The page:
The Grande Mosquée Hassan II, located in Casablanca, Morocco. It is the largest mosque in the country and the 7th largest in the world. Its minaret is the world’s tallest at 210 metres (689 ft). It was completed in 1993. The minaret is 60 stories high topped by a laser, the light from which is directed towards Mecca. The mosque stands on a promontory looking out to the Atlantic Ocean, the sea bed being visible through the glass floor of the building’s hall. The walls are of hand-crafted marble and the roof is retractable. A maximum of 105,000 worshippers can gather together for prayer: 25,000 inside the mosque hall and another 80,000 on the mosque’s outside grounds.


Hassan II Mosque – Morocco-01

5. Sultan Omar Ali Saifuddin Mosque – Brunei


Sultan Omar Ali Saifuddien Mosque is a royal Islamic mosque located in Bandar Seri Begawan, the capital of the Sultanate of Brunei. The mosque considered one of the most beautiful mosques in the Asia Pacific and a major landmark and tourist attraction of Brunei. The building was completed in 1958 and is an example of modern Islamic architecture. The mosque is built in an artificial lagoon on the banks of the Brunei River at Kampong Ayer, the “village in the water”. It has marble minarets and golden domes with courtyards and lush gardens full of fountains. The mosque is surrounded by a large number of trees and floral gardens which in Islam symbolizes heaven. The mosque unites Mughal architecture and Italian styles.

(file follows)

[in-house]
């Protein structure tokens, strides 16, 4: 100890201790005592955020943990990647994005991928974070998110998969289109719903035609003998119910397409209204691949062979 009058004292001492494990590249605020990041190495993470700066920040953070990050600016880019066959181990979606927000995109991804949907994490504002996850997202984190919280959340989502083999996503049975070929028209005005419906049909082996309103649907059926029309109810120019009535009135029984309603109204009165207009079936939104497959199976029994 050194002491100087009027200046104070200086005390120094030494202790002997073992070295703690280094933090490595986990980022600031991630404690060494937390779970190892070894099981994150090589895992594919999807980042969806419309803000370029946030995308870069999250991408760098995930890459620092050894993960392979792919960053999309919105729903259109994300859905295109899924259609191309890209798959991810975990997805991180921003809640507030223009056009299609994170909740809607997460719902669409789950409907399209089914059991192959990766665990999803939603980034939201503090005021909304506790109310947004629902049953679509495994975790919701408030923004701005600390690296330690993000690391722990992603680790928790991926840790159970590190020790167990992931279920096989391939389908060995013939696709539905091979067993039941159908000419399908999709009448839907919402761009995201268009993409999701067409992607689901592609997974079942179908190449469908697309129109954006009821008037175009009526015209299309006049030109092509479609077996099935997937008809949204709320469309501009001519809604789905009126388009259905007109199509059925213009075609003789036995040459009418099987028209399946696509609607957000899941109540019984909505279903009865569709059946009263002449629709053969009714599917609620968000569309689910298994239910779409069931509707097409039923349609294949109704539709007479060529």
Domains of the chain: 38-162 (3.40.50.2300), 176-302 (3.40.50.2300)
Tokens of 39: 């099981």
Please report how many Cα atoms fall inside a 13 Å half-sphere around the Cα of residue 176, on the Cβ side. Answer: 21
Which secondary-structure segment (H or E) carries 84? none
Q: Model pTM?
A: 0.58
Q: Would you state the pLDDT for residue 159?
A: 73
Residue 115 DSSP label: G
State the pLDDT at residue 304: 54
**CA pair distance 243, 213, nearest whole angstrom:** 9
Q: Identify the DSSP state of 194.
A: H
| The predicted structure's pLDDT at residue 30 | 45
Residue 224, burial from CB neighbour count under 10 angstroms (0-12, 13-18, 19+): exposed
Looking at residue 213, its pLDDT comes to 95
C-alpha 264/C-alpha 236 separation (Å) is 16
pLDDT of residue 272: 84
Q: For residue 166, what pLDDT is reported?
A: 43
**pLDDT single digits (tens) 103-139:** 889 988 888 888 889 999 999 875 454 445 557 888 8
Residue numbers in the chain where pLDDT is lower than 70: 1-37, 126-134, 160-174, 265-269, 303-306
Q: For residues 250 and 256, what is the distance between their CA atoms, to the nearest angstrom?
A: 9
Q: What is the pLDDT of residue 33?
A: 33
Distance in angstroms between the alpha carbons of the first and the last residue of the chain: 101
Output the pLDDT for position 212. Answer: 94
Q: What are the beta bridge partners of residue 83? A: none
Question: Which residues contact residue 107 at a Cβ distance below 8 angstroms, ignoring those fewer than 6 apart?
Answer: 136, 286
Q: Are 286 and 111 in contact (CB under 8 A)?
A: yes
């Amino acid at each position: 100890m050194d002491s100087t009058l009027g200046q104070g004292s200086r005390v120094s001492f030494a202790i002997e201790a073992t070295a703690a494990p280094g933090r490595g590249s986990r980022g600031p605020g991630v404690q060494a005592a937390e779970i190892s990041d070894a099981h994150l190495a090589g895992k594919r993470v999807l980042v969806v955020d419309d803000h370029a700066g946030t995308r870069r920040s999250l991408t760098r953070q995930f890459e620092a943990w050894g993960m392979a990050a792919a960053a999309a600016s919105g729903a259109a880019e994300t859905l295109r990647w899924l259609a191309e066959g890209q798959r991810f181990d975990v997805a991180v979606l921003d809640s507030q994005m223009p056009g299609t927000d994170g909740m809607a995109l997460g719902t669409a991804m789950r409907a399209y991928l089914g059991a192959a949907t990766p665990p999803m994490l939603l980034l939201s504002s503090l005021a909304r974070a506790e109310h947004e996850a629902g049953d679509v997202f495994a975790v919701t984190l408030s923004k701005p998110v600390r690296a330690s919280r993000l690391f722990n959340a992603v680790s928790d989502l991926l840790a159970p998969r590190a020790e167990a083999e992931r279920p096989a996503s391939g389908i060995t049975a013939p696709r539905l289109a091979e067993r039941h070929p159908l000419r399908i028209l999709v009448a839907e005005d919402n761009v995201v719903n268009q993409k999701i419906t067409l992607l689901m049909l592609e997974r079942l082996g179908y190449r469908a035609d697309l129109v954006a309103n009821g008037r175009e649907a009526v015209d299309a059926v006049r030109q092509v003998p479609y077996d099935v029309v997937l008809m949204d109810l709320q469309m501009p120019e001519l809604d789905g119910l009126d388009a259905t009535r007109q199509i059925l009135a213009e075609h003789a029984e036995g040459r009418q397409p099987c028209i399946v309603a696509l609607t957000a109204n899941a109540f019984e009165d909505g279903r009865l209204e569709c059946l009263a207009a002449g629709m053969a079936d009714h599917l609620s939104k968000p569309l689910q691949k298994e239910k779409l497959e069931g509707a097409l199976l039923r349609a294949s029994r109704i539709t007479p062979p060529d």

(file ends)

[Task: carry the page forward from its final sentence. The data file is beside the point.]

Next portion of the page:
Sultan Omar Ali Saifuddin Mosque – Brunei-01

6. Zahir Mosque – Kedah, Malaysia

Zahir Mosque 2

The Zahir Mosque is Kedah’s state mosque. It is located in the heart of Alor Star, the state capital of Kedah, Malaysia. It is one of the grandest and oldest mosques in Malaysia. The mosque was built in 1912, funded by Tunku Mahmud, son of the Sultan Tajuddin Mukarram Shah. The architecture from the mosque inspired by AZIZI Mosque in the city of Langkat in north Sumatra, Indonesia.The mosque was founded with five large domes symbolizing the five main principles of Islam. The state’s Quran reading competition is held annually within the premises of the mosque. This mosque has been voted the top 10 most beautiful mosques in the world.